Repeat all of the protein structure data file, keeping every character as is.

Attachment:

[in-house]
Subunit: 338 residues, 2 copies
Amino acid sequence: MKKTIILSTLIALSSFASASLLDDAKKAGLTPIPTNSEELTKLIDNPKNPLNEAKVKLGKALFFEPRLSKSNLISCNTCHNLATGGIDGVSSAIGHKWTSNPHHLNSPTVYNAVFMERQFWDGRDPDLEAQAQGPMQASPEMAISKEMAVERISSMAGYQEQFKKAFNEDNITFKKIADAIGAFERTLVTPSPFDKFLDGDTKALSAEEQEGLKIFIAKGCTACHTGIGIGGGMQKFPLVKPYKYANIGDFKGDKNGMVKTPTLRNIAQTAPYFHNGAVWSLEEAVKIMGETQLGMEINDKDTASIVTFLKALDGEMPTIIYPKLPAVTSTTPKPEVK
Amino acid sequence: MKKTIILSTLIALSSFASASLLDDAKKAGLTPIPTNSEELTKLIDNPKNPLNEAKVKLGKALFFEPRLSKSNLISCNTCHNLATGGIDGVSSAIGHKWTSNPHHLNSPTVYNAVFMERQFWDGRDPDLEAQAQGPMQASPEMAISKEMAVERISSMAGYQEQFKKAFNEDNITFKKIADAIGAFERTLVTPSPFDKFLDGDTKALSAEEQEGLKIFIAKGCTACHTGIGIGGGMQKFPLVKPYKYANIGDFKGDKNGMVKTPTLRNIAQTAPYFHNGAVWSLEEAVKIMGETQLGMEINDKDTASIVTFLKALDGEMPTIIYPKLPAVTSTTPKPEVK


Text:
[in-house]
Subunit: 338 residues, 2 copies
Amino acid sequence: MKKTIILSTLIALSSFASASLLDDAKKAGLTPIPTNSEELTKLIDNPKNPLNEAKVKLGKALFFEPRLSKSNLISCNTCHNLATGGIDGVSSAIGHKWTSNPHHLNSPTVYNAVFMERQFWDGRDPDLEAQAQGPMQASPEMAISKEMAVERISSMAGYQEQFKKAFNEDNITFKKIADAIGAFERTLVTPSPFDKFLDGDTKALSAEEQEGLKIFIAKGCTACHTGIGIGGGMQKFPLVKPYKYANIGDFKGDKNGMVKTPTLRNIAQTAPYFHNGAVWSLEEAVKIMGETQLGMEINDKDTASIVTFLKALDGEMPTIIYPKLPAVTSTTPKPEVK
Amino acid sequence: MKKTIILSTLIALSSFASASLLDDAKKAGLTPIPTNSEELTKLIDNPKNPLNEAKVKLGKALFFEPRLSKSNLISCNTCHNLATGGIDGVSSAIGHKWTSNPHHLNSPTVYNAVFMERQFWDGRDPDLEAQAQGPMQASPEMAISKEMAVERISSMAGYQEQFKKAFNEDNITFKKIADAIGAFERTLVTPSPFDKFLDGDTKALSAEEQEGLKIFIAKGCTACHTGIGIGGGMQKFPLVKPYKYANIGDFKGDKNGMVKTPTLRNIAQTAPYFHNGAVWSLEEAVKIMGETQLGMEINDKDTASIVTFLKALDGEMPTIIYPKLPAVTSTTPKPEVK